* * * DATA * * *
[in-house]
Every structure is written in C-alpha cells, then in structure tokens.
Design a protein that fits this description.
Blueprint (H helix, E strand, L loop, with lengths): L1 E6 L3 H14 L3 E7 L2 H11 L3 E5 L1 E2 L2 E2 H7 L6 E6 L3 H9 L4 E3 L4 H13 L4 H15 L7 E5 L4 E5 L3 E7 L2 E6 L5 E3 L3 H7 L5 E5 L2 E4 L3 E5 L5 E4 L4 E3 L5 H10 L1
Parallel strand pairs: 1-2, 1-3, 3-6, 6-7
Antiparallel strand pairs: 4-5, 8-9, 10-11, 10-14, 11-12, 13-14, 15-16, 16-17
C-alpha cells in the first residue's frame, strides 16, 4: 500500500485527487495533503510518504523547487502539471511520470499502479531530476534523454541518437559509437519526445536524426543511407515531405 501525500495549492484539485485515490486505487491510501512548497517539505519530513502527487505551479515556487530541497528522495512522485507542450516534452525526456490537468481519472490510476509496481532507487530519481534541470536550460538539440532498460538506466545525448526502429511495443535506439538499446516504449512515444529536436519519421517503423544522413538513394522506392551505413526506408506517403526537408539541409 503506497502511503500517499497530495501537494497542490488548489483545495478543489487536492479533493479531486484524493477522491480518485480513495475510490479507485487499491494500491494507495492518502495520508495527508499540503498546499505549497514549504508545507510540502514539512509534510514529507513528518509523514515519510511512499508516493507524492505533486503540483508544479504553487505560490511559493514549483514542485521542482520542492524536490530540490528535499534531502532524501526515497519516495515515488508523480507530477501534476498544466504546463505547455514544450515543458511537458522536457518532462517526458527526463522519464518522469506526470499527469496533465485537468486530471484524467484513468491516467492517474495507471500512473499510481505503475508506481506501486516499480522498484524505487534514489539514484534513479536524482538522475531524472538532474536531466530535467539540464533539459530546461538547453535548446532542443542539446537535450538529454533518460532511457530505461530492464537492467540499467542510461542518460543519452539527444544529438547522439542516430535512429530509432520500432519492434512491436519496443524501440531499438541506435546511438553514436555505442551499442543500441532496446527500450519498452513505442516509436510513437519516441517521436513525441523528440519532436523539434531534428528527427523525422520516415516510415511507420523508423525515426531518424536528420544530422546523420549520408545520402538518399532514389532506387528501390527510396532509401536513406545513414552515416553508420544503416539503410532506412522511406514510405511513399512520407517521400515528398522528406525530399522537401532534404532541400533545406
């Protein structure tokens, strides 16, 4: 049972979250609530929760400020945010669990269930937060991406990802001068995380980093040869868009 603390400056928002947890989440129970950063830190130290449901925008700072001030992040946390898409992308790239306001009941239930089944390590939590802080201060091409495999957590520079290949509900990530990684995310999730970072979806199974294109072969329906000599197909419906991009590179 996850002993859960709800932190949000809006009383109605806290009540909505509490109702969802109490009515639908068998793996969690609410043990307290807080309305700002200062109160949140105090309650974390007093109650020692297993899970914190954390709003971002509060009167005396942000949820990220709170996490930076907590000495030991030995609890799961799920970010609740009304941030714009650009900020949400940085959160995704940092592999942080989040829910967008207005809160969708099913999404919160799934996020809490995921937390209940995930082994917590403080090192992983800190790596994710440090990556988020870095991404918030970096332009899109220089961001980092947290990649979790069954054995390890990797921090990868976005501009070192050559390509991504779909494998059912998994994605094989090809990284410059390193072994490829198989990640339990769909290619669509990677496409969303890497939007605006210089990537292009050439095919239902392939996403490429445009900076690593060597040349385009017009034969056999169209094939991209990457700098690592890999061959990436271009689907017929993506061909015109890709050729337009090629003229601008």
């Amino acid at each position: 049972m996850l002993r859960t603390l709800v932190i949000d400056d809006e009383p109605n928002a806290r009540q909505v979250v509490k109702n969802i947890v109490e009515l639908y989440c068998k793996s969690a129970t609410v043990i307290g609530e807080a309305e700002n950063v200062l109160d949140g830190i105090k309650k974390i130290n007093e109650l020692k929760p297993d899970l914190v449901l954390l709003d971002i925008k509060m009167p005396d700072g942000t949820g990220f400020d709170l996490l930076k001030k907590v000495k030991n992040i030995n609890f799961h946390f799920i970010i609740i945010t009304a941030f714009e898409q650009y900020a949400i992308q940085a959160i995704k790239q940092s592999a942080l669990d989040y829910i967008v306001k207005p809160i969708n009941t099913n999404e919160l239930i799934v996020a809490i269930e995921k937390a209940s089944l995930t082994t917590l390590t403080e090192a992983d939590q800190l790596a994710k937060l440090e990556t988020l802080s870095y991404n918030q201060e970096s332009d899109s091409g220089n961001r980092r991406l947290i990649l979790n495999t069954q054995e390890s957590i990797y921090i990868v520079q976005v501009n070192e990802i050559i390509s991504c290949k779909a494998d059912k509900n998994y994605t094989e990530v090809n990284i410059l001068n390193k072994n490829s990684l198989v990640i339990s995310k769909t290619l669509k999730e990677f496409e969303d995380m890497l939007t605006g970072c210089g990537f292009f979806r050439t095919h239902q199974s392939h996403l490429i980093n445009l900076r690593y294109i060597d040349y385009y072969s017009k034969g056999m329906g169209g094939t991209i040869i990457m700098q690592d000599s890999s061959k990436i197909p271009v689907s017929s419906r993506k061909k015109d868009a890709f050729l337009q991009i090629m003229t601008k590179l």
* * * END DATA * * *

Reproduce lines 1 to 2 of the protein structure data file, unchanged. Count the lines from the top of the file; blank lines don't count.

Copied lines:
[in-house]
Every structure is written in C-alpha cells, then in structure tokens.